That version has a limited view of what “abundance” means. That version sees abundance as monetary gain, or all of those things that make life easy and smooth.
The real version of the story is still about abundance, but it has nothing about money or fame, or even ease.
Only a couple of more people registered. No crowds were knocking down my door. Abundance showed up in different ways.
On Monday, it suddenly occurred to me that there was absolutely nothing on my calendar on Tuesday. AND I didn’t have any projects due or papers that needed to be marked right away. WHAT?! How could that be? My calendar has been over-crowded for months now, and there is almost always a to-do list a mile long.
Not only was the day wide open, but the weather was stunningly beautiful after many long months of snow and cold.
A free day AND beautiful weather? That sounded like abundance to me!
I dedicated the day entirely to self-care. After dropping the girls off at school, I packed my journal and camera, bought a chai latte, and headed out to a provincial park not far from the city. I found a hiking trail and I wandered for hours in the woods. Then I stopped at the beach, and dipped my toes in the water, feeling like I’d been sprung from the prison of a long, hard winter. When I got hungry, I drove into the city, picked up some picnic food, and ate lunch at a special place called Oodena, a celebration circle near the forks of the two rivers that run through our city.
It was an exquisite day and I relished every moment of it.
But it got even better…
In the evening, I came home to find a package had been delivered by someone my daughter didn’t know. Inside was one of the most beautiful hand-knit shawls I’ve ever seen. I was dumbfounded. This was for ME?! I opened the letter in the package and discovered that it was a gift from a very special woman who’s been a student in my Creative Discovery class. She’d poured love and prayers into every stitch of it – specially for me. “Heather, I prayed that you and your family would be blessed with all that God knows is right for you and that He would guide you and give you the wisdom you need as you travel your path. His beautiful shawls seem to have a wonderful ability to heal, to encourage and comfort and to give solace and protection, especially in difficult times, and they give the most warm Divine hugs too.”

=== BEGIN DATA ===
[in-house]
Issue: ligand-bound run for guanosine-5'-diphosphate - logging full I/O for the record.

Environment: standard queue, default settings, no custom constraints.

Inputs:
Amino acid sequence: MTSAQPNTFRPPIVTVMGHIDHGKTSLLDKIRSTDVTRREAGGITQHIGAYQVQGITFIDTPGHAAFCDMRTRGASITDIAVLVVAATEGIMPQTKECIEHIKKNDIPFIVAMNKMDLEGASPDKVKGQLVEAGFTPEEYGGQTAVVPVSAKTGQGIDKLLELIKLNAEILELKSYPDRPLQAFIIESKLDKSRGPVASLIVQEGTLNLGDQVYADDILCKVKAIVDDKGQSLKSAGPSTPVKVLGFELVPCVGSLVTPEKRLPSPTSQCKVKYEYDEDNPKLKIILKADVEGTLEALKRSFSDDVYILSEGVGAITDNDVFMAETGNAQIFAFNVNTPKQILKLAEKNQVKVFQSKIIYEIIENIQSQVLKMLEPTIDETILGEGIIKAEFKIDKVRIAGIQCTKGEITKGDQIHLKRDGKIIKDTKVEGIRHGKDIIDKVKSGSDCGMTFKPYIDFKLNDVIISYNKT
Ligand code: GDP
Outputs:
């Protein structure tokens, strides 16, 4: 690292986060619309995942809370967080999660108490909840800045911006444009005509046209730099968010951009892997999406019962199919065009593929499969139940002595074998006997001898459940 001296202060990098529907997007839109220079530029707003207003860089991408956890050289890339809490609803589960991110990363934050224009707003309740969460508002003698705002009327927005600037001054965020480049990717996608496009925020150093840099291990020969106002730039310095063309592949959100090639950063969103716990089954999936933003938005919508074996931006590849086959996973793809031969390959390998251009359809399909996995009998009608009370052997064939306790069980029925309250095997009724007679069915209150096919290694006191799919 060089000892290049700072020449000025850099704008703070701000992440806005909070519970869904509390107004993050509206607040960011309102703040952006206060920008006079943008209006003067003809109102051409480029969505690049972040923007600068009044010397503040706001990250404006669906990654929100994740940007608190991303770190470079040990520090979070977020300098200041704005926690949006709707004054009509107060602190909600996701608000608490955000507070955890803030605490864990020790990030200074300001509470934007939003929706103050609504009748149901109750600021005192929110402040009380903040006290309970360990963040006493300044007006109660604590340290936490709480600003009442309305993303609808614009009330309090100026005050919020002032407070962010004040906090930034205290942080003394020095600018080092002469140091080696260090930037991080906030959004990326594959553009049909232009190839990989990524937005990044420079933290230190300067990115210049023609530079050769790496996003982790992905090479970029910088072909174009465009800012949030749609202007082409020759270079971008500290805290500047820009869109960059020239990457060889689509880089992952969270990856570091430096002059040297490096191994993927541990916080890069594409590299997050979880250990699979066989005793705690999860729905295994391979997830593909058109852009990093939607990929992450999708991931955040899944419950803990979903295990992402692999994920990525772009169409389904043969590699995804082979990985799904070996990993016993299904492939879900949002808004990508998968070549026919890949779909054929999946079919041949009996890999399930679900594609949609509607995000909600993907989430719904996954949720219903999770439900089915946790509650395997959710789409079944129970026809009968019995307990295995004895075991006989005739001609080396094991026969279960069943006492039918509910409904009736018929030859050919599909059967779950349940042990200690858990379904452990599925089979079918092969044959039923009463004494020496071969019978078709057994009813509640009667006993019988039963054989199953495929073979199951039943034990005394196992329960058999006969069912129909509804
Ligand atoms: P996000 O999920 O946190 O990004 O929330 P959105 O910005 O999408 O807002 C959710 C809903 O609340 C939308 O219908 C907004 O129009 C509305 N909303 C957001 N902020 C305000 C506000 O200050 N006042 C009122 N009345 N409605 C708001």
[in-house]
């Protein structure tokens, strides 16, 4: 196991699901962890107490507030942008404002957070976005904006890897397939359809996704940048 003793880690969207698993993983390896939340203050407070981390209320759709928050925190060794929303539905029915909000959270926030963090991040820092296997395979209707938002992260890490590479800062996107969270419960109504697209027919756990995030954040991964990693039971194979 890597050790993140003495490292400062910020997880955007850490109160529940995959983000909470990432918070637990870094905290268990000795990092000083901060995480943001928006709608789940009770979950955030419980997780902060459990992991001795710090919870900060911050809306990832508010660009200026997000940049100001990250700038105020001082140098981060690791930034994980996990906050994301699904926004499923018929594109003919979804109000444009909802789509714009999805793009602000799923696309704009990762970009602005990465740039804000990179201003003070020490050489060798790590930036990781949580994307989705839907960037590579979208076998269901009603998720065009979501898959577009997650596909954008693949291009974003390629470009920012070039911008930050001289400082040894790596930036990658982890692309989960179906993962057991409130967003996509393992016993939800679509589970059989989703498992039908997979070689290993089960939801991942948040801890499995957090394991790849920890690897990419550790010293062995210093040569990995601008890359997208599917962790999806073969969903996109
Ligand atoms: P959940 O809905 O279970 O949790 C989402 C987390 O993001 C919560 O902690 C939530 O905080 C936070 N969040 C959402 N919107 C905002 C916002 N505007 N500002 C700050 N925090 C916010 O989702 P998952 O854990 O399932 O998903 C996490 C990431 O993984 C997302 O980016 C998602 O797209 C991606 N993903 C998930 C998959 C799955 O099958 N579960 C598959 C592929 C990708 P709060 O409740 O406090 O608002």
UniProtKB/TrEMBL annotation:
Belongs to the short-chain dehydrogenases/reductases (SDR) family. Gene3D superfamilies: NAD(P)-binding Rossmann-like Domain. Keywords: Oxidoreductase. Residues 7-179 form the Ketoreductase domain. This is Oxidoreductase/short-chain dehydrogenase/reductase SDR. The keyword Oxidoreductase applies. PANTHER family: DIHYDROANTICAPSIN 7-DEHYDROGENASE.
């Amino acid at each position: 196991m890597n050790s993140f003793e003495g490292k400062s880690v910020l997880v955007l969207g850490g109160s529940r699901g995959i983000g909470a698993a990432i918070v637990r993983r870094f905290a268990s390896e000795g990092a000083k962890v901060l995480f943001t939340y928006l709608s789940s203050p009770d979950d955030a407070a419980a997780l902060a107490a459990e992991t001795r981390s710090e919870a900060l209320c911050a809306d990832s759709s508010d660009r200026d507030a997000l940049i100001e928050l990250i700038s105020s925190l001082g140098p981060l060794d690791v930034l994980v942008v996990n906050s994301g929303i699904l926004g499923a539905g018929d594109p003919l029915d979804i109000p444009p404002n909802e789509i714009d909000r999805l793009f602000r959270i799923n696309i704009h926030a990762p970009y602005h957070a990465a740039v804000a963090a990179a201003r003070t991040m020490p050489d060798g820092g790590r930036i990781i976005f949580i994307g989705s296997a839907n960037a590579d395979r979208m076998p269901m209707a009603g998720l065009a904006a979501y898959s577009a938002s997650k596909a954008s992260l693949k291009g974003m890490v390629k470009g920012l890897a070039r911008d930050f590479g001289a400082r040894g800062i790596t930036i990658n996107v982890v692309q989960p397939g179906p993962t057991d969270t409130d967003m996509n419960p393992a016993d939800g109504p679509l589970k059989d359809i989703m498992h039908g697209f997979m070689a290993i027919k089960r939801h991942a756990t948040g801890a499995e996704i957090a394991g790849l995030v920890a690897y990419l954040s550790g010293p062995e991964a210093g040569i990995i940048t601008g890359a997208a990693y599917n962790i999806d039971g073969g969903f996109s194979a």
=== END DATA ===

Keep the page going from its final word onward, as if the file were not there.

The shawl is burgundy and magenta, and this is what she learned about the meaning of the colour magenta: “Magenta represents universal love at its highest level. It promotes compassion, kindness, and cooperation and encourages a sense of self-respect and contentment. Magenta is the colour of the non-conformist, the free spirit. It pushes you to take responsibility for creating your own path in life. Magenta inspires change, transformation, growth and personal development.” And then she added: “Do you recognize yourself in all this?”
Wow. TALK ABOUT ABUNDANCE!
It was especially meaningful to receive this gift from someone I met through one of my courses. She has been touched by my work to offer her own gifts. (Her first book is coming out in publication next week!) What more could I ask for than to be an inspiration for other people so that gifts continue to flow in the world? I don’t need hundreds of people to show up – I just need the RIGHT people to show up!
And… I don’t need a lot of money, when I have abundance of another kind. I have the abundance of being part of a gift economy that can never be measured by monetary transactions.
Just one more story of abundance and the gift economy… this morning I went to yoga class at my favourite studio and I didn’t have to pay for it. Why? Because I have exchanged coaching sessions for yoga sessions with my coaching teacher! We are both sharing abundance and money has nothing to do with it.
Yes, abundance shows up, but it may not look the way we expect it to look, and it may only show up when we’ve walked through the fire of surrender and trust.